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Skybreaker #5

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by Michael Moreci, Drew Zucker and Ryan Ferrier

This story has been building since the first issue, and Michael Moreci has proven his ability to control and pace it throughout. Skybreaker, a revenge tale set in the old west, has maintained an intimate cast and setting over the course of its five issues. The close proximity of all of the players adds one more layer of tension and proves a great choice. General Taylor has taken the town, the other factions have banded together and a plan is in motion.

What has been fascinating over the chapters of Skybreaker is how little redeeming qualities exist with each member of the cast. Just as those in the story must identify the least of the evils, readers have also been shown that time and again that each of these individuals has a taste for violence and are capable of ugliness. As a reminder of who is topping the charts, the story opens with a flashback of Barek when he was still a member of General Taylor’s cavalry. Taylor reflects on how mankind may be better left in carnage than continue along its current path. As the scene closes, Taylor leaves a man in the desert with only his head unburied and a canteen just far enough away. Drew Zucker, series artist, pulls back over a few panels to highlight the starkness of the situation and the callousness of Taylor.

Back to present and the rogue group made up of unlikely alliances formulate a plan to be rid of this man. They are incredibly outnumbered and it makes for great writing. Every aspect of the plan must work if they are to be successful. This is where Moreci’s pacing and control shines. The unrest and distrust, sometimes bordering on murderous drives, between these individuals makes their reliance on each other all the more effective. It’s unlikely that any of these men would trust each other and yet their only choice is to do just that. From the start, it appears this tale has rested on a growing thickness of tension and Moreci finds ways to realistically build on it relentlessly.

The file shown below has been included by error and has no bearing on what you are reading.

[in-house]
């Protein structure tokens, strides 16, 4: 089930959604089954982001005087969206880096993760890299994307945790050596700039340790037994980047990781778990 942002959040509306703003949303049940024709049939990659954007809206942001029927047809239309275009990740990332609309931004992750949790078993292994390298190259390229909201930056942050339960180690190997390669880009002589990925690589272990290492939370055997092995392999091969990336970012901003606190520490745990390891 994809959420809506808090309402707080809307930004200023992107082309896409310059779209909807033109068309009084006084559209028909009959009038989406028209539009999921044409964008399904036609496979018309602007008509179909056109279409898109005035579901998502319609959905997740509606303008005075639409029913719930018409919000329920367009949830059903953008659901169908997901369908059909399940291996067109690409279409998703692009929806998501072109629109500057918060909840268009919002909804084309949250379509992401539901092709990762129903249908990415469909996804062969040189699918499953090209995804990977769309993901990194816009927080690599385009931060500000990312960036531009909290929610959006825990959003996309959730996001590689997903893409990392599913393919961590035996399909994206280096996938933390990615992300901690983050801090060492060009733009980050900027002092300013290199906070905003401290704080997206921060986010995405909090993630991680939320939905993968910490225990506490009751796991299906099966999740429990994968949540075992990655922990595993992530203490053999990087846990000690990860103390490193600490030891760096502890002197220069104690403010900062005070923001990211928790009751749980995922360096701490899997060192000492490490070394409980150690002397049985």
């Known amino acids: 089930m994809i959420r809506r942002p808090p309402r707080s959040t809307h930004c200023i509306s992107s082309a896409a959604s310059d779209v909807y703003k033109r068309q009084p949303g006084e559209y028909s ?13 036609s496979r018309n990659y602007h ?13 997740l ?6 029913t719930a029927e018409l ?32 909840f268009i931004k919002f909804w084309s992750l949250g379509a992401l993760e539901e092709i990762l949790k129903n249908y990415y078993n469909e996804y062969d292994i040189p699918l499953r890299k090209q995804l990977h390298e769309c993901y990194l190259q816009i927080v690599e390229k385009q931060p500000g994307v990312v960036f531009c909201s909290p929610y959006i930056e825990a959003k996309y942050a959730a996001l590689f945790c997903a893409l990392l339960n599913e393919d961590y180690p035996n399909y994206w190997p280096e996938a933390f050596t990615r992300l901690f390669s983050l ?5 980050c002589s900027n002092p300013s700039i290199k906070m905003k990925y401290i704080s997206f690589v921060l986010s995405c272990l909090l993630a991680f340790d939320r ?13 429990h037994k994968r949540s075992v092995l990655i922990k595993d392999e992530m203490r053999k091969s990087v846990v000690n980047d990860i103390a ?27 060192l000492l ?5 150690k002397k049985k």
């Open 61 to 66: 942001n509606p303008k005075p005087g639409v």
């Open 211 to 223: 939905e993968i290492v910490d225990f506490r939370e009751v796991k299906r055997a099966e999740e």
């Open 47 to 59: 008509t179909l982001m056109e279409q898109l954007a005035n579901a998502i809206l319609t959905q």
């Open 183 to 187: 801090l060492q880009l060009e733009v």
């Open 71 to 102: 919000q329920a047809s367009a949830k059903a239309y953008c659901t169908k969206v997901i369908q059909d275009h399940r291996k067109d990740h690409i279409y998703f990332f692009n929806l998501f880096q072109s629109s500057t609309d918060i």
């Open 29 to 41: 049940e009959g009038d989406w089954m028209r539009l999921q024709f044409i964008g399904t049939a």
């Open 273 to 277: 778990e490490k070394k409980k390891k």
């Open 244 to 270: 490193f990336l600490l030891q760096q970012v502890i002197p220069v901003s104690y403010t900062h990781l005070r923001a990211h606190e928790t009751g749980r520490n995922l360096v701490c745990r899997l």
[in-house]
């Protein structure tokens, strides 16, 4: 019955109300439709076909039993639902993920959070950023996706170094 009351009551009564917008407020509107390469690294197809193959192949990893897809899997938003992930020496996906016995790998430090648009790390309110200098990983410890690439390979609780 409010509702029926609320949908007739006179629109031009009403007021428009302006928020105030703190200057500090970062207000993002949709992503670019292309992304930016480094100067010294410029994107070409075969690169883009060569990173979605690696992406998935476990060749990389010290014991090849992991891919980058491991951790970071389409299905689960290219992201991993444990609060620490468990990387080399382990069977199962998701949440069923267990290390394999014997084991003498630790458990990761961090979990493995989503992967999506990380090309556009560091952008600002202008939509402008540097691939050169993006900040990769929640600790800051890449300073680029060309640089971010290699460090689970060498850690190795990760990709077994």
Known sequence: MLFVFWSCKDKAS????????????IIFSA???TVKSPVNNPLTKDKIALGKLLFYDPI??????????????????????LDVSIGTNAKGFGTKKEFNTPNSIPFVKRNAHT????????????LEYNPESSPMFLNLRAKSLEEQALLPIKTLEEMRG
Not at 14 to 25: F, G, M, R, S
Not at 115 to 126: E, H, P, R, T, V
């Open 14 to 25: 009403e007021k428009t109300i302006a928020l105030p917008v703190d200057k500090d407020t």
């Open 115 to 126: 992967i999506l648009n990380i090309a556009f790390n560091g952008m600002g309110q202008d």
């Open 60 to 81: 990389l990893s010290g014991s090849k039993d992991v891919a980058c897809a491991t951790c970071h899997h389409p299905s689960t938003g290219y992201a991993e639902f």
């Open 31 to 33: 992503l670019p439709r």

In the finale issue of Skybreaker, a few elements do not hit as hard as they could. Some pieces line up a bit more conveniently than they need to and a few sequences are a bit challenging to follow. But that does not undercut the fantastic work that has been put to page. Moreci’s script includes some of his best choices for the world thus far, and Zucker portrays almost every sequence well. A series of panels that feature a lot of dialogue manage to shift perspective so effectively that each panel depicts an entirely unique vantage point. Zucker showcases his sense of space and awareness and never takes a short cut. And in the stories greatest climax, all the world falls away but the central focus and this erosion to just the core is an excellent complement.

The climax of the story of Skybreaker is a long time coming. All the players find themselves in place and Moreci scripts the tale to provide a moment of calm before gunpowder and blood fill the air. Readers may even find themselves pausing with the story to brace for what is to come. Tension releases, readers exhale, and it makes for a satisfying conclusion. Could there be more? Do Moreci and Zucker have another tale to tell in this well crafted universe? The real question is: could we be so lucky?

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